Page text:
Statoil - United States Review

By Eric Fox | June 27, 2011 AAA

Statoil (NYSE:STO) is depending on the successful development of an extensive inventory of oil and gas projects in the United States to achieve the production goals outlined at a recent analyst meeting.
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Production Goals
Statoil has a goal of increasing production by a compound annual growth rate of 3% through 2020, achieving production of 2.5 million barrels of oil equivalent (BOE) per day. North America is a large part of that plan and the company hopes to ramp up production here to 500,000 BOE per day by 2020. Much of this growth will come from existing projects and future exploration in both the onshore and offshore areas of the United States.

Offshore United States
While some operators have left the Gulf of Mexico, Statoil has a large number of exploratory and development projects planned here through 2020.

Statoil has a number of major projects in the Gulf of Mexico set to begin production over the next three years. The company has a 23.55% working interest in the Caesar/Tonga project, which is operated by Anadarko Petroleum (NYSE:APC). First production is expected from Caesar/Tonga in 2012.

Statoil is also involved with Chevron (NYSE:CVX) on several projects in the Gulf of Mexico. The company has a 25% interest in the Jack field, a 21.5% interest in the St. Malo field and a 27.5% interest in the Big Foot project. Statoil expects production from these projects to start up in 2013.

Statoil has 40 exploration prospects in the Gulf of Mexico, and plans to be involved with between 15 and 25 exploratory wells from 2011 to 2013. One area that Statoil is working on is the Logan prospect, where the company recently received a permit to begin drilling.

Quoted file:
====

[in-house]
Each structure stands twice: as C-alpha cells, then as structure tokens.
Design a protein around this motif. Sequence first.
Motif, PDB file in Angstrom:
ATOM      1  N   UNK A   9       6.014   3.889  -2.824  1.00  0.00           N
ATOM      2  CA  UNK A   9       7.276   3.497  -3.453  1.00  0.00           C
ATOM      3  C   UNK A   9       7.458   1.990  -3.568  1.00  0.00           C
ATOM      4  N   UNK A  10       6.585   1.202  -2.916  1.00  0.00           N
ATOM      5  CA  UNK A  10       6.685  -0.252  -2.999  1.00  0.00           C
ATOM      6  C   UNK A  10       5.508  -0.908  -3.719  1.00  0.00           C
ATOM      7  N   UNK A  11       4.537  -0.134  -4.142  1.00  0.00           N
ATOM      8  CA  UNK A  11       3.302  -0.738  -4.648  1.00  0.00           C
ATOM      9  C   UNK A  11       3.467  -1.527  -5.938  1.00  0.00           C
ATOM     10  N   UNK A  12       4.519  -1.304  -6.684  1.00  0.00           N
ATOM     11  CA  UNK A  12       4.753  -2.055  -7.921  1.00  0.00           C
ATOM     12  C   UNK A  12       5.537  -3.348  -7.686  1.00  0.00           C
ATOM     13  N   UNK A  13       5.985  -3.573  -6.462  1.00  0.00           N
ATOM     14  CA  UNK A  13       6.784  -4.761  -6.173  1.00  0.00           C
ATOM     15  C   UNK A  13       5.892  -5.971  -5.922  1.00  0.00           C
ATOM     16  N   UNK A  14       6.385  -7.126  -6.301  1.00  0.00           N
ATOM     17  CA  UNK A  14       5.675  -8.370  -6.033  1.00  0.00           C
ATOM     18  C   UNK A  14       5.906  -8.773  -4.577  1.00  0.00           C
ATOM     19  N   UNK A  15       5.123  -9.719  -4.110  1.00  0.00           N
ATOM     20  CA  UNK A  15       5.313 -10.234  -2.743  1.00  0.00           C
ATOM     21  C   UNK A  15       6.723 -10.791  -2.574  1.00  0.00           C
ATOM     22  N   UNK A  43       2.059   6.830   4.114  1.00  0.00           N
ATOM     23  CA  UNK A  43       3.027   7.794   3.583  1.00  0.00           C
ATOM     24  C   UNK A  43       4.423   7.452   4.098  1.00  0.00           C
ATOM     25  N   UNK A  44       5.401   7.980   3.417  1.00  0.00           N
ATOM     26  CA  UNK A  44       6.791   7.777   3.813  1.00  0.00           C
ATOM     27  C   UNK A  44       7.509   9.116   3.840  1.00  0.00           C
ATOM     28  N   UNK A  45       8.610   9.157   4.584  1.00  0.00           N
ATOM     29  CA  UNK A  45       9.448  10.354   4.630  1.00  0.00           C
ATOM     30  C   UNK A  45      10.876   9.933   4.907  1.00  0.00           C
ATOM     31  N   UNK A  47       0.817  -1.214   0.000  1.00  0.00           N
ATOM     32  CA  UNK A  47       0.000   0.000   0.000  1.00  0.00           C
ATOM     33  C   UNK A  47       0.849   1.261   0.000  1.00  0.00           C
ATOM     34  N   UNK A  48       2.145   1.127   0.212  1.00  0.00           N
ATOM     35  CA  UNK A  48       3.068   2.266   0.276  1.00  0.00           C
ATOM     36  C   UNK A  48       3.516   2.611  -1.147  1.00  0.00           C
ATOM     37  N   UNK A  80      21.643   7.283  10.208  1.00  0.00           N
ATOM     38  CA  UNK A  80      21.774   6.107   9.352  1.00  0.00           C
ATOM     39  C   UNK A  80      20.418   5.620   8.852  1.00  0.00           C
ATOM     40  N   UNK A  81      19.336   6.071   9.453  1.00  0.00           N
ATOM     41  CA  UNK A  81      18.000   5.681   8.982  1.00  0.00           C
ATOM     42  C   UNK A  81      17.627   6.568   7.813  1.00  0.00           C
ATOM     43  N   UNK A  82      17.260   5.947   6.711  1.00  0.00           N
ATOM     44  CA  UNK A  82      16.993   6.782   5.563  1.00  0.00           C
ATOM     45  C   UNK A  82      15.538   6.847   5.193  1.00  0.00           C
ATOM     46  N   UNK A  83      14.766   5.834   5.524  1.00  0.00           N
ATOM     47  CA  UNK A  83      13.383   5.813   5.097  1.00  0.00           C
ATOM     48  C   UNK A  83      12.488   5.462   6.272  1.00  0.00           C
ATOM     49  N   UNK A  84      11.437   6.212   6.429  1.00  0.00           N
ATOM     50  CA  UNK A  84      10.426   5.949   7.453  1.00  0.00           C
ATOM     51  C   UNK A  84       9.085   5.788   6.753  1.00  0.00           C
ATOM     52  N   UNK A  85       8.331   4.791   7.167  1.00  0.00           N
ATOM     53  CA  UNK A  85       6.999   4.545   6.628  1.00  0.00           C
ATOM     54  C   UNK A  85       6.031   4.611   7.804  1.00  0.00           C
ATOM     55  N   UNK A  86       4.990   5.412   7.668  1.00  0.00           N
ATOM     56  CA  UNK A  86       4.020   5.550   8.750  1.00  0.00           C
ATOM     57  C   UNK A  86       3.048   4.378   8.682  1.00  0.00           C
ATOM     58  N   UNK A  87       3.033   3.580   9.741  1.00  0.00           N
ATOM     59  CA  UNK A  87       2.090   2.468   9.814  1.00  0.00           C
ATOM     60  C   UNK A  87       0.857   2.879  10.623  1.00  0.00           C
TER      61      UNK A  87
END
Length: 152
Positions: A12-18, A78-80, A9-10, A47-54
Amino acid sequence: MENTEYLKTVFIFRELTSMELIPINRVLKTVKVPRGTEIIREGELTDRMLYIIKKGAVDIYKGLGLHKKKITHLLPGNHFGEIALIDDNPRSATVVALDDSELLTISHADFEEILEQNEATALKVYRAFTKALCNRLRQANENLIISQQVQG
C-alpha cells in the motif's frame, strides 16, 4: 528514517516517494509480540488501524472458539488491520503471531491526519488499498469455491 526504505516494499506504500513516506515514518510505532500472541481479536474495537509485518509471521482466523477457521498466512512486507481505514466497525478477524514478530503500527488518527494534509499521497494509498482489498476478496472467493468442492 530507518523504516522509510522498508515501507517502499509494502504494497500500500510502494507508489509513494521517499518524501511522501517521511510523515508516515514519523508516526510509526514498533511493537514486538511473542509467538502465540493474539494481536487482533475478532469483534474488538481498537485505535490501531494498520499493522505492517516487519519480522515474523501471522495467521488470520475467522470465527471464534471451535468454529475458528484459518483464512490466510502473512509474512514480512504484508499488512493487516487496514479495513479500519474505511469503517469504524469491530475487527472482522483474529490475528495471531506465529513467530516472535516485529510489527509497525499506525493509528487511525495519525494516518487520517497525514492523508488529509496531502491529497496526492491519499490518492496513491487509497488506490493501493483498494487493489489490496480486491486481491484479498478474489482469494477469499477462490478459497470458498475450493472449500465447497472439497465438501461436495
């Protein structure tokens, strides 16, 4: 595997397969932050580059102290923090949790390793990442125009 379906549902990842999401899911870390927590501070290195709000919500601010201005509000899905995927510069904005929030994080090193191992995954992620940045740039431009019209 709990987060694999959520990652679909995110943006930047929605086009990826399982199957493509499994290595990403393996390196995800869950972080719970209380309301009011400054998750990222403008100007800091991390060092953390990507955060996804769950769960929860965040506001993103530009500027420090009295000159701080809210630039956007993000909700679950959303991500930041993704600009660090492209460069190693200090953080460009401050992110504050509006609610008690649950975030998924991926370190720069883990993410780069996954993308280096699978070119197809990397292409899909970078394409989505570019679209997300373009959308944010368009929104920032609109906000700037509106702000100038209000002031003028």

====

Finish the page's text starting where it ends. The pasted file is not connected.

Onshore United States
Statoil entered into the Marcellus Shale in 2008 when the company signed a joint venture with Chesapeake Energy (NYSE:CHK). The company paid $3.375 billion for a 32.5% stake in 1.8 million acres of leasehold. This consideration included cash of $1.25 billion and an obligation to pay up to $2.125 billion of future drilling costs.

Chesapeake Energy is operating 33 rigs in the Marcellus Shale as of April 2011, and Statoil expects that this aggressive level of development will lead to production of 50,000 BOE per day by 2012 and 200,000 BOE per day in 2020.

In October 2010, Statoil announced the acquisition of acreage prospective for the Eagle Ford Shale as part of a joint venture with Talisman Energy (NYSE:TLM). The company now has a 50% share of a 156,000 acre leasehold, with much of the acreage in the liquids rich portion of the play.

The joint venture agreement also calls for Statoil to become operator of 50% of the acreage within three years, and this transition will begin in 2012. Talisman Energy plans aggressive development of this acreage in 2011 and will ramp up from four to 10 operated rigs by the end of the year.

The Bottom Line
Statoil will be very active in the onshore and offshore area of the United States as the company gears up to achieve production goals of 2.5 million BOE per day by 2020. (For more, see How Does Crude Affect Gas Prices?)

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